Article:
Peer Steinbrück, the German finance minister, has joined the growing list of politicians with a view on the current economic crisis.
His analysis differs markedly from that expressed by President Bush on Wednesday. 'The financial market crisis is above all an American problem', Steinbrück told the Bundestag (German Parliament) yesterday.
He added that 'the current turmoil was allowed to develop because of a reckless pursuit of short-term profit and huge bonuses'. Policy makers had lacked the 'political backbone' to stand up to 'bankers' greed'. And Steinbrück expects the results of the current crisis to be far-reaching. 'The U.S. will lose its status as the superpower of the world financial system, and the world's financial system will become multi-polar'.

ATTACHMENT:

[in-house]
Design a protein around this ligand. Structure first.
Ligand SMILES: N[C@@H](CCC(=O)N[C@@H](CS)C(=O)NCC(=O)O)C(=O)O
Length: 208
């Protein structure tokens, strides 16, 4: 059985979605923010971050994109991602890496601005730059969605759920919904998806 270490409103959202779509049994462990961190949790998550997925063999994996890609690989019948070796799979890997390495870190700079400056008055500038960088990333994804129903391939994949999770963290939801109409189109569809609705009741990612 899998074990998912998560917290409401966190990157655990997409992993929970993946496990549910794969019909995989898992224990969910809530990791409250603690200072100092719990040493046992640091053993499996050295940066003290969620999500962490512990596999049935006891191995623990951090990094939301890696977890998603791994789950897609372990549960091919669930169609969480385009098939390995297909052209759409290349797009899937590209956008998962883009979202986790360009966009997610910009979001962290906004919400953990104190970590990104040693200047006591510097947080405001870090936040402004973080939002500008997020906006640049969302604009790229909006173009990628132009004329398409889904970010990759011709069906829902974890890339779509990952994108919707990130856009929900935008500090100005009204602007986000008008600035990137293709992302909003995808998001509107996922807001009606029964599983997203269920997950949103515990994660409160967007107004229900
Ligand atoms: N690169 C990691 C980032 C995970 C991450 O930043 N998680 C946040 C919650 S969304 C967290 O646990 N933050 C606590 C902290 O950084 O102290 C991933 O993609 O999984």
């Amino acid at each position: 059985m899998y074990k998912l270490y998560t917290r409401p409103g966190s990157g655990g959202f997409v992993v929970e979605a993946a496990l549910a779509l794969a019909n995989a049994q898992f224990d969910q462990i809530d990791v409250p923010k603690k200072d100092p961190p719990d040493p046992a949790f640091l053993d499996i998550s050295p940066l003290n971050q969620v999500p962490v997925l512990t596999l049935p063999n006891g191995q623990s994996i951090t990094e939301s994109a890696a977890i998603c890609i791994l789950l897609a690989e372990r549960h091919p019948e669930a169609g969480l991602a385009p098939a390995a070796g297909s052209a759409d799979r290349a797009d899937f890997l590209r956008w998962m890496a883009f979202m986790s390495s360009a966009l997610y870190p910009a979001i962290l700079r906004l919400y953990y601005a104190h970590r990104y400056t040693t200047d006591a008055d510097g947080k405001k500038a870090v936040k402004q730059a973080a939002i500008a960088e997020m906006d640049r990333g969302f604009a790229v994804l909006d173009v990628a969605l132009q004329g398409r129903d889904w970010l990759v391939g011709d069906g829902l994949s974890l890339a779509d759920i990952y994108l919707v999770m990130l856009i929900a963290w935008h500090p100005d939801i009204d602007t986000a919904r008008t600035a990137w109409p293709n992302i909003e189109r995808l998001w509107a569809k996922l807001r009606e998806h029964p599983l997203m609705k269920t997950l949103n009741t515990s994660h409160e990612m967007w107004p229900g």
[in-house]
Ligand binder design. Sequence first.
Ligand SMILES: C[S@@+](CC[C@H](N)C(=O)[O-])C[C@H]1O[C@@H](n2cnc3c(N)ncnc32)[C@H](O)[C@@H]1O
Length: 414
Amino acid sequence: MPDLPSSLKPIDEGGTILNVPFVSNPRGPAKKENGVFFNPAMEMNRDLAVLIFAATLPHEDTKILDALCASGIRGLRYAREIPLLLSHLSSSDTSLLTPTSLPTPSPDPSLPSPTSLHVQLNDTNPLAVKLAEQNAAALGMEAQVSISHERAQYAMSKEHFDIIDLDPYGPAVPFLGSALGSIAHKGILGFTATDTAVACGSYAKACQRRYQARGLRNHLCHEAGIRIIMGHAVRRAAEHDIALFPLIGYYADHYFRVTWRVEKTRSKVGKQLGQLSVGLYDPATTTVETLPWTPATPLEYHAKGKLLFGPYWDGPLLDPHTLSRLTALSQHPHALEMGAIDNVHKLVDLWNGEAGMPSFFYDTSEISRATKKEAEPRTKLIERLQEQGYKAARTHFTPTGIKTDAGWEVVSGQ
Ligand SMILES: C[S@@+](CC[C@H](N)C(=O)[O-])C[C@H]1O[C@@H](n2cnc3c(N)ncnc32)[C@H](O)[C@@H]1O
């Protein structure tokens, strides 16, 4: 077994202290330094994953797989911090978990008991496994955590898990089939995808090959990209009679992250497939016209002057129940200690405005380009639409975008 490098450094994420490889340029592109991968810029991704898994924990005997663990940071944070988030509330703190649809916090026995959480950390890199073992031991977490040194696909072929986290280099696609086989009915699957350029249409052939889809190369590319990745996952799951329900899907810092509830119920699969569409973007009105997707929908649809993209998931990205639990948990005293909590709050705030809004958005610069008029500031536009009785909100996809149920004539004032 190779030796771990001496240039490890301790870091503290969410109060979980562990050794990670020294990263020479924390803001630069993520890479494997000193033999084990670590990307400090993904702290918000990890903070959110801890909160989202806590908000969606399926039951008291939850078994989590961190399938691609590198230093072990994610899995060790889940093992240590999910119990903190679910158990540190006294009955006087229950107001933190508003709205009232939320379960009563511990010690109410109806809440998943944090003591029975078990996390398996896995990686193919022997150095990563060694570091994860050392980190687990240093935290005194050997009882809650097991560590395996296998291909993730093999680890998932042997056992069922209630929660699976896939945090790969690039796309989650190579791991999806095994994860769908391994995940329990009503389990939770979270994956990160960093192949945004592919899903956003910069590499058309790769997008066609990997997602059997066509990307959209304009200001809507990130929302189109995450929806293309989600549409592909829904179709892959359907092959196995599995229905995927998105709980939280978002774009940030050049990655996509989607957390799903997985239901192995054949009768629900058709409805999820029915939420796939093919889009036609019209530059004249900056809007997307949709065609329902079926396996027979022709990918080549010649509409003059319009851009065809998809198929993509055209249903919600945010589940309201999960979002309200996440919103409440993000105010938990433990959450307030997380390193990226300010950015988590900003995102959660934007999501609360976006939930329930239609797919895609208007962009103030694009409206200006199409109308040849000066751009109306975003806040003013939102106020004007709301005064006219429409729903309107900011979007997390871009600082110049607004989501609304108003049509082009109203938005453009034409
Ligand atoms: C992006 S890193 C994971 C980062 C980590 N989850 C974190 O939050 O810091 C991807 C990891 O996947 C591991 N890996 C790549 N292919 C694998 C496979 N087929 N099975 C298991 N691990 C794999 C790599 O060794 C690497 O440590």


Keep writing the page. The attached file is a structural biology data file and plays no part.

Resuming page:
As a result, he sees a bigger role for European banks and sovereign wealth funds from the Middle East and Asia. He also expects greater regulation of the financial system, as proposed earlier this week by Nicolas Sarkozy, French President. Separately, Sarkozy again warned that 'the crisis isn't over, and the consequences will be serious'.